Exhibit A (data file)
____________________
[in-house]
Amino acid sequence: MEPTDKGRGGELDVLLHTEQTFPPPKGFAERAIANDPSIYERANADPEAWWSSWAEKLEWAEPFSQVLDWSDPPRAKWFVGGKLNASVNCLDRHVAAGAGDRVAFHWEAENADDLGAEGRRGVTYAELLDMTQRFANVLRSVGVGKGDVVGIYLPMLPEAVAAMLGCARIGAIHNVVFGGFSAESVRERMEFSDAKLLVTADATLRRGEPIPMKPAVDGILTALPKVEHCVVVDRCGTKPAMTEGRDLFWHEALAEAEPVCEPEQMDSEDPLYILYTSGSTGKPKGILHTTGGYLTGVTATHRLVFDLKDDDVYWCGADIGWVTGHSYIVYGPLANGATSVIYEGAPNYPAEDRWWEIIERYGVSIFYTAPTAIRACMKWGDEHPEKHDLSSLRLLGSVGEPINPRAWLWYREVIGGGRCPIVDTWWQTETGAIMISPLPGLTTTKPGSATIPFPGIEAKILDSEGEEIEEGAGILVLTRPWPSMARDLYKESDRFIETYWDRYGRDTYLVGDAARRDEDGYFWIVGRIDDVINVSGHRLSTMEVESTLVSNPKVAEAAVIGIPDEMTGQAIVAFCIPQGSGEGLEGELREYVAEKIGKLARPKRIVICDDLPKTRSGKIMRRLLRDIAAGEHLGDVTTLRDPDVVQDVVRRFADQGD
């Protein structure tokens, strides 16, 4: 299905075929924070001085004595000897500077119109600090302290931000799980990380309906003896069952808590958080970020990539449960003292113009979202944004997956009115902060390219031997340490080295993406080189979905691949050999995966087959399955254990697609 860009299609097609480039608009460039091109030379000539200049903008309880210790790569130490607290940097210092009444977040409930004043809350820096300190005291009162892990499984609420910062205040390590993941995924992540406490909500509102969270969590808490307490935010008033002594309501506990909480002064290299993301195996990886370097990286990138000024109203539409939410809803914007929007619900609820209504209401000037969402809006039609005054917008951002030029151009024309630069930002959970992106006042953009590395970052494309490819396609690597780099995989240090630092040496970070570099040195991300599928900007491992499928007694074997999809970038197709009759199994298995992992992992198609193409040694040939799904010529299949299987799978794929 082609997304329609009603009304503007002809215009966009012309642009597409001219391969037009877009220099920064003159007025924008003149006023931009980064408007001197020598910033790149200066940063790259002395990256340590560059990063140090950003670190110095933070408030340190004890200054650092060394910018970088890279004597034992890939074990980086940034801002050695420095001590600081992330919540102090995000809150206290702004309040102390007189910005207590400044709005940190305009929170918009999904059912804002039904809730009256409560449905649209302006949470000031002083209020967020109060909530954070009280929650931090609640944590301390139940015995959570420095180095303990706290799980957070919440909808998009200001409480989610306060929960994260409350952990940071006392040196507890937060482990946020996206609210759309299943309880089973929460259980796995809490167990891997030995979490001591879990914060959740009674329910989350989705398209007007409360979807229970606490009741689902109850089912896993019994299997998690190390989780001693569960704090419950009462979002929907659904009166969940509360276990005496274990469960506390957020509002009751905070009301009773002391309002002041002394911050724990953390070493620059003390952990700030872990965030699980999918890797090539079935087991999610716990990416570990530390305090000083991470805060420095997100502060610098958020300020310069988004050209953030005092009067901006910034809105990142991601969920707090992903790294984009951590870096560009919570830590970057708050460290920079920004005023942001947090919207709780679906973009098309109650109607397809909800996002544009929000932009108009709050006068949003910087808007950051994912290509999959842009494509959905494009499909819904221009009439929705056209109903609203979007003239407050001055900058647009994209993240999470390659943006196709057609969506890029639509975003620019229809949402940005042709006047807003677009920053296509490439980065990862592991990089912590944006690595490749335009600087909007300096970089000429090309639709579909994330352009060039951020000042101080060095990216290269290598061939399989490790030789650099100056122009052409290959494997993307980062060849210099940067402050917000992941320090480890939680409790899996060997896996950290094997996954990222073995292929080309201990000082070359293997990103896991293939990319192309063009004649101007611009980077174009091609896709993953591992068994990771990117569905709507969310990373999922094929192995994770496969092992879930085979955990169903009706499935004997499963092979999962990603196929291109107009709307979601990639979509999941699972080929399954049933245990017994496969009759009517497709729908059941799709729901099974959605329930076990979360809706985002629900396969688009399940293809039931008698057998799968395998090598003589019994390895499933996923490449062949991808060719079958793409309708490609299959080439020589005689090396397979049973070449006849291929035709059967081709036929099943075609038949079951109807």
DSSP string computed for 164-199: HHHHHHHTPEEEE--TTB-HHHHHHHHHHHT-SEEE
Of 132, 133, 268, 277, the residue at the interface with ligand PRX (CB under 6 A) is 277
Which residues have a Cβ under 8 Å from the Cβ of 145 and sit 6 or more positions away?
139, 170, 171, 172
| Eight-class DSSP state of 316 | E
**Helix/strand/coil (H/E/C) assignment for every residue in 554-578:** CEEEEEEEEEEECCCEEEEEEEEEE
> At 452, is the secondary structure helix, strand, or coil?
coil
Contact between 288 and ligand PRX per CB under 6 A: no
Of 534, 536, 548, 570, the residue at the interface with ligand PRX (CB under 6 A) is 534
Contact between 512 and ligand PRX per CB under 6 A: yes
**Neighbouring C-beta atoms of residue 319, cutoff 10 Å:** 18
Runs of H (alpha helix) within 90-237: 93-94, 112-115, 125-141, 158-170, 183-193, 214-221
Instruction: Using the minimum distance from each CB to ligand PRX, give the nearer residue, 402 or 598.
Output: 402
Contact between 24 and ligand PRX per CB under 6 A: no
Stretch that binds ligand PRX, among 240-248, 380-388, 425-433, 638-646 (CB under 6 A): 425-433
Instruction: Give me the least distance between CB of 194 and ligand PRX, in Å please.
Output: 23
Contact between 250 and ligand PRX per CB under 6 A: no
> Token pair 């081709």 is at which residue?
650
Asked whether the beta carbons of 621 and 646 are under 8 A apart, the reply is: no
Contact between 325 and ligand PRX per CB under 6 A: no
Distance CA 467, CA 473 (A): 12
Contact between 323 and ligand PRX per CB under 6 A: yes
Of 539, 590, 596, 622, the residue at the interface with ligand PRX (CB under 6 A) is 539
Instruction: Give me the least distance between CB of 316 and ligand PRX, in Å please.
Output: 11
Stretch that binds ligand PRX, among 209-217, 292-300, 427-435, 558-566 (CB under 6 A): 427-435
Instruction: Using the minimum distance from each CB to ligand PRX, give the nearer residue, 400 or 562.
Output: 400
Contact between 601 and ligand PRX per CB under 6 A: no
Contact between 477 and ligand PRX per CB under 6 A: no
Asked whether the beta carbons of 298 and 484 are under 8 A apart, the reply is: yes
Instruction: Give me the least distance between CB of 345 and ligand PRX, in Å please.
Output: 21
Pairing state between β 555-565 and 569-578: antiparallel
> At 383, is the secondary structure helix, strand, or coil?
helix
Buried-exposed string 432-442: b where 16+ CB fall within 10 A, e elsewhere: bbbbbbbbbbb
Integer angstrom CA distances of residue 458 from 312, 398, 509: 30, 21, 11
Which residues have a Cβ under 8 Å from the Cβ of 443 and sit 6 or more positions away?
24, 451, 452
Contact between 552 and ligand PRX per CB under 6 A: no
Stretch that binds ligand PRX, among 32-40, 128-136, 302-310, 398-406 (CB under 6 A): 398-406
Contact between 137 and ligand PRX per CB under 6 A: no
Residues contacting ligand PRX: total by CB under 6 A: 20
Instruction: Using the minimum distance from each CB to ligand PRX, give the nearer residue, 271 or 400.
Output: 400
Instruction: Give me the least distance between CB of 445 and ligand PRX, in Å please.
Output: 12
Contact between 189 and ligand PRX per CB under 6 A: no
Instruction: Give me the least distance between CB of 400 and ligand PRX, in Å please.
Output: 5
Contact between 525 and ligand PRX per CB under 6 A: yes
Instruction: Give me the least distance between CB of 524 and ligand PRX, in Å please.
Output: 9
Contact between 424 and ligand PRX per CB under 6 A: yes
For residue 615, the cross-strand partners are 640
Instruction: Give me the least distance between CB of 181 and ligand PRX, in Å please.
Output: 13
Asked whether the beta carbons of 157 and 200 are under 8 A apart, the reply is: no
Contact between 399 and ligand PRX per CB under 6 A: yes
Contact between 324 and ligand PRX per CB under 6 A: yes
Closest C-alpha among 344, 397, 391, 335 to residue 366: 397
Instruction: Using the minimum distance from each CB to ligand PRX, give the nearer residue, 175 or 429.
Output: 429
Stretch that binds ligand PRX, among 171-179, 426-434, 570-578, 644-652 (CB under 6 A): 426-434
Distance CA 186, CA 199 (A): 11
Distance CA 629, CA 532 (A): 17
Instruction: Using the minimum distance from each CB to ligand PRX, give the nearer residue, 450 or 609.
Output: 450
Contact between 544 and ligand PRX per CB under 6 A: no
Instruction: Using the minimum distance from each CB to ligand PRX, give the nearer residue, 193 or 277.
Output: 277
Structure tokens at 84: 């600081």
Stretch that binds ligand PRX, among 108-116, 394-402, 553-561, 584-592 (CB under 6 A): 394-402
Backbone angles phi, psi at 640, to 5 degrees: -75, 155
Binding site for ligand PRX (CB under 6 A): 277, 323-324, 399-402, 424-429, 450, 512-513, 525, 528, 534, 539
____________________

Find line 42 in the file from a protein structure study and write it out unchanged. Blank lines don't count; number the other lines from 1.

> At 383, is the secondary structure helix, strand, or coil?